And in general, you have to be quick and effective. You no longer have a few months. That garnish has to be tweaked today or tomorrow, and you can't spend too much time deliberating on things that might set you back.
One of the big challenges, coming from the U.S., is that shipping stuff over is going to be harder than for a team in Europe, for example. We're going to spending at least one week just packing. So, overall, the big goal is to manage our time correctly.
This might be very difficult to answer, but what have been some crucial contributions from the advisors and board members? Any episodes that are particularly memorable?
These people have been great resources. One good example is when we went to Alinea and were working on getting the texture right on a meat garnish. We liked the presentation of it, but the texture wasn't where we wanted it to be. We wanted the gelée wrapped around the beef to be more supple and creamy. So, we spent a day with the team there getting the ratio of additives just right, and we ended up nailing it. The purpose is not to go there, take one of their dishes, and say you're going to put that on your platter.
One of the benefits of going to The French Laundry was seeing all of that produce and saying, "Why don't we grow all of the things we expect to use in Lyon?" It's wonderful to have all of these things available to you. But you have to be able to think for yourself, like I said.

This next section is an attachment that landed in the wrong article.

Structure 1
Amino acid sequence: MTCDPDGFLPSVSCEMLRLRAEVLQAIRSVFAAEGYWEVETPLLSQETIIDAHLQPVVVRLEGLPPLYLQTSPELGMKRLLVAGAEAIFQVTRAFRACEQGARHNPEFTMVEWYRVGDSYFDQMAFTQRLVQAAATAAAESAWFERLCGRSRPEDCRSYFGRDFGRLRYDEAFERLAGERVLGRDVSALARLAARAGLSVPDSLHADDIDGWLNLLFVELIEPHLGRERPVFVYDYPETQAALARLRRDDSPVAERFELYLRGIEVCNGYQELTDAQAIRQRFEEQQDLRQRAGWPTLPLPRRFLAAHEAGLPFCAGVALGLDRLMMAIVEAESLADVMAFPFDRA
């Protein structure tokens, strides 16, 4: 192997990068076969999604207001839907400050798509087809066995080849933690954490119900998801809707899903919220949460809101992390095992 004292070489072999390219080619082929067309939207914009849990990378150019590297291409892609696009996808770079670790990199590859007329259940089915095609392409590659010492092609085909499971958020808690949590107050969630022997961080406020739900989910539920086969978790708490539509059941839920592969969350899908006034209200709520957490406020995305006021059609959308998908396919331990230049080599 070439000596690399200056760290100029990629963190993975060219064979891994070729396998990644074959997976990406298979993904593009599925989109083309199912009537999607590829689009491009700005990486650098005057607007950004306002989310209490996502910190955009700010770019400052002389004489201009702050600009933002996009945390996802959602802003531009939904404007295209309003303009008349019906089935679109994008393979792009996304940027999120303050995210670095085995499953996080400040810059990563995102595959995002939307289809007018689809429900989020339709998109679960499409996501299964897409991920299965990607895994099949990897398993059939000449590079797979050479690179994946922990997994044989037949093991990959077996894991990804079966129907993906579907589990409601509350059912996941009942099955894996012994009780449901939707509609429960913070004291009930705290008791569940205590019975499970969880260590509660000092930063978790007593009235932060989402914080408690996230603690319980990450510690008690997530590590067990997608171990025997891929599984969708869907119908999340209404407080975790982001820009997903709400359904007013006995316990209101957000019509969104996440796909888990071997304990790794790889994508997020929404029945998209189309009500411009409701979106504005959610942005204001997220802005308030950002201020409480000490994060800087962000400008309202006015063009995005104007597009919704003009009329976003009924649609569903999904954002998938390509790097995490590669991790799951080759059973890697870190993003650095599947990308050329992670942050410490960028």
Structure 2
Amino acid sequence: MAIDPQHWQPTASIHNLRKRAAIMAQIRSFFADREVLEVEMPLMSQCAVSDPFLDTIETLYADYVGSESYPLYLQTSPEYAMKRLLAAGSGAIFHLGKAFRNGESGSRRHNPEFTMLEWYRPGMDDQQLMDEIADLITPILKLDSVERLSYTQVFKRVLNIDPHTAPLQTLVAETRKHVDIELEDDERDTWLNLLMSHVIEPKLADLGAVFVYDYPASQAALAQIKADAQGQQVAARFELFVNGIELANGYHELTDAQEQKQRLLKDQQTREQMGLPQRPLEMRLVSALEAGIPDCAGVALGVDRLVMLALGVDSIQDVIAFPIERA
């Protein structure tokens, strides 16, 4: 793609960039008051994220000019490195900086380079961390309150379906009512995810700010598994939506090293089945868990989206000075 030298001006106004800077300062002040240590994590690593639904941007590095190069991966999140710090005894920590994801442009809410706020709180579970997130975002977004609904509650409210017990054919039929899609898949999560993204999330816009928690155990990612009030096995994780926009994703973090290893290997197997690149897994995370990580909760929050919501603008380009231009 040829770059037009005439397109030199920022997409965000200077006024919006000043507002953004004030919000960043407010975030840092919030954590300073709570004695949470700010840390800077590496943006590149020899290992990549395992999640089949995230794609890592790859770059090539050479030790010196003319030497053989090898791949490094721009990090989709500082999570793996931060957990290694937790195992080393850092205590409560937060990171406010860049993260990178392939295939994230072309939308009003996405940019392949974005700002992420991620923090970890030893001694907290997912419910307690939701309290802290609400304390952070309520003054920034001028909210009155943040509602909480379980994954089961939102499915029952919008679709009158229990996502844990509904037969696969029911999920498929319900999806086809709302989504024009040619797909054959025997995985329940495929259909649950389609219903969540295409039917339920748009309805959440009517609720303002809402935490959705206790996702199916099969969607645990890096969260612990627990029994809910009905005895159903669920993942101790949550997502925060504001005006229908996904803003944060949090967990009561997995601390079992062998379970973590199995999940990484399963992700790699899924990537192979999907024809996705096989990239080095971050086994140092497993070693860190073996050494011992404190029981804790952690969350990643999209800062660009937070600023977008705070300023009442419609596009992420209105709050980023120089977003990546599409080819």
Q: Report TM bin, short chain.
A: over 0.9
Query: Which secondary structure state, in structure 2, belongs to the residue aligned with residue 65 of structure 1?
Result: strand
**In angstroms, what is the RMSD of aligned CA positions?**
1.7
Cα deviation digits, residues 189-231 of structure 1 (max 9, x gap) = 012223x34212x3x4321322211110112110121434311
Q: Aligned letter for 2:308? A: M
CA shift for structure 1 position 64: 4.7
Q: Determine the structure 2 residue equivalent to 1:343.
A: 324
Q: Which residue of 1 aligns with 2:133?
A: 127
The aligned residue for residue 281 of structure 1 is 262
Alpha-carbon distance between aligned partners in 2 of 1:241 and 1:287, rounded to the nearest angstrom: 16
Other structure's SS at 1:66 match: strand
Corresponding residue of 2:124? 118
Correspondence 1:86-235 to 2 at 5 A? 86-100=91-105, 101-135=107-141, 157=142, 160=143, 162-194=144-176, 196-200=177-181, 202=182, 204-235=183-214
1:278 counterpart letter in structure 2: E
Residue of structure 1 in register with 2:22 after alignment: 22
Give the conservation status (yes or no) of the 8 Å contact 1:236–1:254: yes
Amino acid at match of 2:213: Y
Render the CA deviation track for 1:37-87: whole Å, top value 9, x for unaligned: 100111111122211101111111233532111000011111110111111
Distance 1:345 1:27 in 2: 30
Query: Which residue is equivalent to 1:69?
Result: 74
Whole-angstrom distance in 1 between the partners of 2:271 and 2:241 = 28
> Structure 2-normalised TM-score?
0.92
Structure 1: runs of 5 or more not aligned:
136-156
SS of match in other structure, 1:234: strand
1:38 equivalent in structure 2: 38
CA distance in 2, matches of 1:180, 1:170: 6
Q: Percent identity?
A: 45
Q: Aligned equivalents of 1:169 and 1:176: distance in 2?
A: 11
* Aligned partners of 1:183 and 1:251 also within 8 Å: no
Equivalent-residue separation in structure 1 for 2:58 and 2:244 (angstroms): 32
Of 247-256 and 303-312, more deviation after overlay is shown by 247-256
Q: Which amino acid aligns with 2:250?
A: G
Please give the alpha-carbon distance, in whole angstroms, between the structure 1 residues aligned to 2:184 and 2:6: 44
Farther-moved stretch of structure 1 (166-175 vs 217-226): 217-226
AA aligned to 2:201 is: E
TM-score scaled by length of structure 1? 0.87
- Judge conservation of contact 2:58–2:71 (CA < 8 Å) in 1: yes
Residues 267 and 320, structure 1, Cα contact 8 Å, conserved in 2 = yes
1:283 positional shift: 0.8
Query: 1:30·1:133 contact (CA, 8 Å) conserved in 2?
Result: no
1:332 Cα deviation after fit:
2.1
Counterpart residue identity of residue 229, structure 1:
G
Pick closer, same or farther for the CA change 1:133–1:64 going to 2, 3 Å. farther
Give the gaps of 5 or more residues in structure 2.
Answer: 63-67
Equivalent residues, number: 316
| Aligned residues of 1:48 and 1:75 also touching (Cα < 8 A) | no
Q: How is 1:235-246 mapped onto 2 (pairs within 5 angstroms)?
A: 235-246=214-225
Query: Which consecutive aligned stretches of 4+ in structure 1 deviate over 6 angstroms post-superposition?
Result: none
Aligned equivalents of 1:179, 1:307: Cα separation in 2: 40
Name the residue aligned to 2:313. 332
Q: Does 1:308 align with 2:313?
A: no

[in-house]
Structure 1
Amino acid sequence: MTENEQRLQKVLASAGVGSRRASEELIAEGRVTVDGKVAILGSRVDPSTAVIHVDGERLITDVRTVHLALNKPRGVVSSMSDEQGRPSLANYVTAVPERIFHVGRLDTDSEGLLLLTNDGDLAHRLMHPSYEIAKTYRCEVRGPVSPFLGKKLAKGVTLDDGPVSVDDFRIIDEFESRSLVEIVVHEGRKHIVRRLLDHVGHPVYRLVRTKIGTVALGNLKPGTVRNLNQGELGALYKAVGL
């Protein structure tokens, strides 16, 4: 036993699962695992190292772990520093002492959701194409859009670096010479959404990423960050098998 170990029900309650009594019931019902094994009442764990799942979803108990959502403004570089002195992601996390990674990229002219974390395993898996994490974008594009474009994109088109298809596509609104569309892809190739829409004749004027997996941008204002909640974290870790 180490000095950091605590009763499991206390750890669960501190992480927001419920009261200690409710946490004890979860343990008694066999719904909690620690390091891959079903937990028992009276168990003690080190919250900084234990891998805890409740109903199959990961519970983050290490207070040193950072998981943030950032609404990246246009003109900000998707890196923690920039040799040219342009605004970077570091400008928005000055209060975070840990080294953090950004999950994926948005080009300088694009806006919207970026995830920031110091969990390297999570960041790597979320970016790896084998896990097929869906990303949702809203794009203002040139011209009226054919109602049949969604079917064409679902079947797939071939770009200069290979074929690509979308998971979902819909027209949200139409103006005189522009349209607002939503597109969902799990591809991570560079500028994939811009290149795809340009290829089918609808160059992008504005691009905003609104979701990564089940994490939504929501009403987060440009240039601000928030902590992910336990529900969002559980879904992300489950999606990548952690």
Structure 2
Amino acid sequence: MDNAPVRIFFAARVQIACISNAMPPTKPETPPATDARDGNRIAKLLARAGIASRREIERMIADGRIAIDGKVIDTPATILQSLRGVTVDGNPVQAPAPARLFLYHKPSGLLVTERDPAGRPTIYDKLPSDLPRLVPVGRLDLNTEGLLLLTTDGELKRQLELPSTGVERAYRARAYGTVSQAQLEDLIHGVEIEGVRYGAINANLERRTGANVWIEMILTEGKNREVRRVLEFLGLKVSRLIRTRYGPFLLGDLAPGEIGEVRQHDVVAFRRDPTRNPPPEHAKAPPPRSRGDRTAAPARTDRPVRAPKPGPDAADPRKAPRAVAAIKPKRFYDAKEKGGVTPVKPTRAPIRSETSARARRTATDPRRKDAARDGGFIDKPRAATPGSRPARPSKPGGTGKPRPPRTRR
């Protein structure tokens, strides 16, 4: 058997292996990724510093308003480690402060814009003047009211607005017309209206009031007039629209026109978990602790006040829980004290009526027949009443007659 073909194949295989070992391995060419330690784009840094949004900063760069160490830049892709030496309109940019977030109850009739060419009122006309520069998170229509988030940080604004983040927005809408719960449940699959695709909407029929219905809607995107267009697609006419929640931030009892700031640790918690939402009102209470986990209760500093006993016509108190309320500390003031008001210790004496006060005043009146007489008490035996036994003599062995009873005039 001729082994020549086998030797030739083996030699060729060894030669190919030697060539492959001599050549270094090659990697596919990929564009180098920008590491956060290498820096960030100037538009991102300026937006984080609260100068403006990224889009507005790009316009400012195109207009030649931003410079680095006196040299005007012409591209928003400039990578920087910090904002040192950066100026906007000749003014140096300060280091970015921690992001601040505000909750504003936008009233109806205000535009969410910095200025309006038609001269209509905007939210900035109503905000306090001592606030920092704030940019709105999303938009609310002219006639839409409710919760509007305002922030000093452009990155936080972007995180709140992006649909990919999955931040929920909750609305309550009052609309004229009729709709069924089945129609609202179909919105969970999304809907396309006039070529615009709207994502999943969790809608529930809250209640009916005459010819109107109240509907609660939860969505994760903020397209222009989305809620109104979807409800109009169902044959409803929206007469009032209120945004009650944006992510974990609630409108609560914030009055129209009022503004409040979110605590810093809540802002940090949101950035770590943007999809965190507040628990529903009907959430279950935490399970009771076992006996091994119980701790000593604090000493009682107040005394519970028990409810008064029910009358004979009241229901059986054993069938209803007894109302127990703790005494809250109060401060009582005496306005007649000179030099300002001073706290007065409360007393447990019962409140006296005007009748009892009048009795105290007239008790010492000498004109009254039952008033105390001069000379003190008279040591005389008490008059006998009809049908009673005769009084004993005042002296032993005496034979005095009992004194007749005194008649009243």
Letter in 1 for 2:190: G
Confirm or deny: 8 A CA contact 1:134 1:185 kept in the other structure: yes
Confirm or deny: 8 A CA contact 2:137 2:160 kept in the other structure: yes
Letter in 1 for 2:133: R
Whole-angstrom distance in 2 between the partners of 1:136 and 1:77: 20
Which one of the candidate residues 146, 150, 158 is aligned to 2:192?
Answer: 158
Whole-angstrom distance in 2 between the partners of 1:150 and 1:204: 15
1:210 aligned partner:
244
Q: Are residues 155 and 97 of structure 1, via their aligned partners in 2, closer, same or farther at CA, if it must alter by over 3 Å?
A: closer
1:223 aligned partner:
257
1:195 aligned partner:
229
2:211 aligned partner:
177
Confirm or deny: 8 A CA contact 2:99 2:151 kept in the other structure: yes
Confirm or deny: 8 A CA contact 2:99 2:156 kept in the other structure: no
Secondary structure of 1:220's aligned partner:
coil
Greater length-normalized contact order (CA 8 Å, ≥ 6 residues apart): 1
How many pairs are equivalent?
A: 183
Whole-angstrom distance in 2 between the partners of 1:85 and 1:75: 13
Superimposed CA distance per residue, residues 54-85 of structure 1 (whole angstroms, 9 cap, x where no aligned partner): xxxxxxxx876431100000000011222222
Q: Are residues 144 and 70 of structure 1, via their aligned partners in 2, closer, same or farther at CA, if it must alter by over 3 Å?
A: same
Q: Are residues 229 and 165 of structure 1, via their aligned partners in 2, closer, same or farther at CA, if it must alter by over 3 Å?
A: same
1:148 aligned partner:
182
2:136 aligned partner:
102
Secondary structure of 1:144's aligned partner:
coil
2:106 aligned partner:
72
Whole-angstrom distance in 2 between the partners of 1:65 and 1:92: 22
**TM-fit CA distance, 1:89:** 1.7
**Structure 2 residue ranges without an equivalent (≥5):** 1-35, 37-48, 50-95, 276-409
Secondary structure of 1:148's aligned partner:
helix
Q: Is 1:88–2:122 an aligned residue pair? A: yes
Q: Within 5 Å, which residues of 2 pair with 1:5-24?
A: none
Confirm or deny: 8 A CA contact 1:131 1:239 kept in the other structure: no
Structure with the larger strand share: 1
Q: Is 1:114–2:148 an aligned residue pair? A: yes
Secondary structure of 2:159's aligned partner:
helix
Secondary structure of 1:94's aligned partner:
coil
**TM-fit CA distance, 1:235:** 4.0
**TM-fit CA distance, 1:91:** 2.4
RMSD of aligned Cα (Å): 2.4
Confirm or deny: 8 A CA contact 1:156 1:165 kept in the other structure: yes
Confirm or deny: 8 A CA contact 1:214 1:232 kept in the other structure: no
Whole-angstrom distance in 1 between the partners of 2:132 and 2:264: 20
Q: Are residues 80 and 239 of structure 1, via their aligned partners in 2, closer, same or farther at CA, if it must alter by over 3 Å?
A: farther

You seem to be as confident as you were when we first spoke.
No question that I'm equally confident right now. That being said, I'm not diluting the fact that I understand how difficult this will be. You can't go in there too confident, but you do have to be committed and excited. We're going to be really into the food that we are cooking, and that will overwhelm any other feelings, negative or positive, that I have about the competition. That for me is going to be the fuel. We are enthusiastic.
At any point do you think about what other teams might be doing, or do you try to be somewhat insular?
You have to be careful not to worry about what everyone else is doing. To win this, you can't do what others have or are doing. You can't mimic their food. It has to be your own. This is way more than five-hour competition, and I hope people realize that: it's balancing work, personal life, not getting caught up in the media distractions. I don't if I would have been ready for this ten years ago. I slept for an hour last Saturday!
Another reason that this isn't just a five-hour competition: I want to do my best at this because I hope that people can see this as an opportunity to change their careers for the better. I really want to help the foundation. I'm shipping all of this equipment one-way.
Finally, do you think — and this comes from a completely ignorant perspective — that there might be a bias? That no matter how good what you present is, it might not cut it.
I never worry about that stuff. Like I said, it's just about being excited about the food you're making. You can't worry about anything else. Maybe, possibly, if you look back, it was the case that we didn't have the right combination of ingredients and that's why we weren't on the podium. Maybe it wasn't our time and we didn't have it right. But soon we will.